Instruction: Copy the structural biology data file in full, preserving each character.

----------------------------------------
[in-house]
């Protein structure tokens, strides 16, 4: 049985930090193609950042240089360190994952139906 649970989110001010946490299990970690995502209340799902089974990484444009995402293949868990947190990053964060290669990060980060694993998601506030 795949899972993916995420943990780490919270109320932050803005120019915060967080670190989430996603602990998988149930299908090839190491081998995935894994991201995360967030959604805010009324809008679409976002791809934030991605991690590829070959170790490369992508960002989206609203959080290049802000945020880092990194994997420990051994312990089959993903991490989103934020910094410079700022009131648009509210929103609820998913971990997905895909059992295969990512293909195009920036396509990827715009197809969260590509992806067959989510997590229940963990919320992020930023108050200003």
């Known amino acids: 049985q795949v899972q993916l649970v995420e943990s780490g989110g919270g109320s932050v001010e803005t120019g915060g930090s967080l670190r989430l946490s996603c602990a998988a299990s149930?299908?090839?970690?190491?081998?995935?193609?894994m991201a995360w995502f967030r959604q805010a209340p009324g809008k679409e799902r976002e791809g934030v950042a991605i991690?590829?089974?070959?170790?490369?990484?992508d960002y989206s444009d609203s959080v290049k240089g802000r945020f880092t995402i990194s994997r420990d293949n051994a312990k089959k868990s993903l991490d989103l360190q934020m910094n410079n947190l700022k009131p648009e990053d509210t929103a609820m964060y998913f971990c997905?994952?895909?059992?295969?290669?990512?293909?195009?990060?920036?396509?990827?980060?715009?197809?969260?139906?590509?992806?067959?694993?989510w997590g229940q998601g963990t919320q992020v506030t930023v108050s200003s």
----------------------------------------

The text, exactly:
[in-house]
């Protein structure tokens, strides 16, 4: 049985930090193609950042240089360190994952139906 649970989110001010946490299990970690995502209340799902089974990484444009995402293949868990947190990053964060290669990060980060694993998601506030 795949899972993916995420943990780490919270109320932050803005120019915060967080670190989430996603602990998988149930299908090839190491081998995935894994991201995360967030959604805010009324809008679409976002791809934030991605991690590829070959170790490369992508960002989206609203959080290049802000945020880092990194994997420990051994312990089959993903991490989103934020910094410079700022009131648009509210929103609820998913971990997905895909059992295969990512293909195009920036396509990827715009197809969260590509992806067959989510997590229940963990919320992020930023108050200003």
């Known amino acids: 049985q795949v899972q993916l649970v995420e943990s780490g989110g919270g109320s932050v001010e803005t120019g915060g930090s967080l670190r989430l946490s996603c602990a998988a299990s149930?299908?090839?970690?190491?081998?995935?193609?894994m991201a995360w995502f967030r959604q805010a209340p009324g809008k679409e799902r976002e791809g934030v950042a991605i991690?590829?089974?070959?170790?490369?990484?992508d960002y989206s444009d609203s959080v290049k240089g802000r945020f880092t995402i990194s994997r420990d293949n051994a312990k089959k868990s993903l991490d989103l360190q934020m910094n410079n947190l700022k009131p648009e990053d509210t929103a609820m964060y998913f971990c997905?994952?895909?059992?295969?290669?990512?293909?195009?990060?920036?396509?990827?980060?715009?197809?969260?139906?590509?992806?067959?694993?989510w997590g229940q998601g963990t919320q992020v506030t930023v108050s200003s």